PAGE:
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An Economic Health Checkup

By Mike Zaccardi, CFA, CMTStock MarketsAug 18, 2022 07:23AM ET
An Economic Health Checkup
By Mike Zaccardi, CFA, CMT   |  Aug 18, 2022 07:23AM ET
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  • U.S. data mixed after two quarters of negative growth
  • Citi Economic Surprise Index is below zero
  • But Goldman Sachs reports recent data has been better than expected
  • Fed closely monitoring ahead of Jackson Hole and September FOMC gathering

Recent gauges on the strength and stability of the domestic economy have been cloudy. There have been strong data points, like the July nonfarm payrolls report, but also grim signs from regional economic reports and the housing market. It’s all about expectations, though. I like to keep tabs on how data verify versus consensus estimates.

The Citigroup Economic Surprise Index (CESI) is creeping closer to the unchanged line. The gauge of the economic data’s strength relative to economists’ expectations was sharply negative just a few weeks ago. Not surprisingly, at the halfway mark of 2022, the CESI was at its lowest reading since the early stages of the post-COVID-crash rally. Thanks to healthy jobs data and a cooler-then-expected CPI report earlier this month, recession fears have eased. You can dig into all the key tidbits of economic conditions on the St. Louis Federal Reserve’s revamped FRED macro snapshot.

Citibank Economic Surprise Index.
Citibank Economic Surprise Index.

Source: Yardeni Research

I also like to monitor what is happening with Goldman Sachs Investment Research’s U.S. MAP index, which is comparable to the CESI. What’s great about Goldman’s report is that it measures economic surprises at home compared with those around the world. Earlier this week, it turned positive. There are certainly signs that the economy is hanging in there despite that dire second-quarter GDP report released in July that confirmed two consecutive quarters of contraction. It will be interesting to see how much GDP numbers are adjusted in the inevitable revisions. After all, the COVID economy upended just about all areas of the financial markets—including the four big GDP components.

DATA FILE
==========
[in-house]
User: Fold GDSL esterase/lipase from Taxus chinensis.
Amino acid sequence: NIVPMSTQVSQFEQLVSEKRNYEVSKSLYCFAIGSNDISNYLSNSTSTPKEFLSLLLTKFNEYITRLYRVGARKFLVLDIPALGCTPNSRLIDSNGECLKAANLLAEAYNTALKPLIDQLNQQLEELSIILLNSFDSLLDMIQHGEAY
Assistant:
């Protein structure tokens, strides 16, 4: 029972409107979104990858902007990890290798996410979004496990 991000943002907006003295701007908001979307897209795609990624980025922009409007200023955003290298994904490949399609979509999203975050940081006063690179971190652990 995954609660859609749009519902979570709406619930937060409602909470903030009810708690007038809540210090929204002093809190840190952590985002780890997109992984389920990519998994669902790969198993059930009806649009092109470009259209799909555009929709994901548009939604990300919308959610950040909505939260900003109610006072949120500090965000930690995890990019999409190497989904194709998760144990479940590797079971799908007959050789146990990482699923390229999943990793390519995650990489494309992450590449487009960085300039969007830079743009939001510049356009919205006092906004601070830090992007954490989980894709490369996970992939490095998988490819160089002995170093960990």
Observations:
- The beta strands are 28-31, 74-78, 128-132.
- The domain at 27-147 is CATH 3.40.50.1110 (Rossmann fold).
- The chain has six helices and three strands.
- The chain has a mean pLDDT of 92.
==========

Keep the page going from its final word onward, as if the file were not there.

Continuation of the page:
US MAP Surprise Index
US MAP Surprise Index

Source: Goldman Sachs Investment Research

Along with jobs, inflation, and GDP, the ISM Manufacturing number, which comes out on the first business day of the month, is well off its high above 63 notched way back in March 2021 (about the period when the last of the stimulus checks hit Americans’ bank accounts). At just 52.8, the economic barometer is dangerously close to a sub-50 contraction reading. After the August 25-27 Jackson Hole Economic Symposium, that will be the big data point to track. The August nonfarm payrolls report then crosses the wires on September 2.

Calendar of Economic Indicators.
Calendar of Economic Indicators.

Source: BofA Global Research

So between now and then, the market will have a moment to catch its breath after a tremendous summer rally. U.S. stocks retraced more than half the January-through-June-16 drop as data and earnings verified better than forecasted. Moreover, the bond market has found its footing, with the ICE BofAML MOVE, which measures interest-rate volatility, having eased, allowing the Treasury market to stabilize. More certainty on the future cost of money provides reassurance to the corporate world, albeit at more expensive rates than a year ago. We’ve seen confidence build in the fixed-income market by way of corporate credit spreads, too. The rate-premium on high-yield bonds has nearly drifted to the lowest levels in three-and-a-half months.

Bottom Line

The economy is sending us mixed signals. The upshot is that key data points are coming in a bit better than expectations compared to a month or two ago. The Fed is sure to be keeping a close eye on how growth and inflation readings come in before the next meeting, which is still five weeks away.

Disclaimer: Mike Zaccardi does not hold any positions in the securities mentioned in this article.

An Economic Health Checkup

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Comments (1)
Stephen Fa
Stephen Fa Aug 18, 2022 8:22AM ET
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Market is overbought in short term considering uncertainty if inflation has truly peaked and economic signals remain mixed. Consumer credit growth and delinquencies are up.
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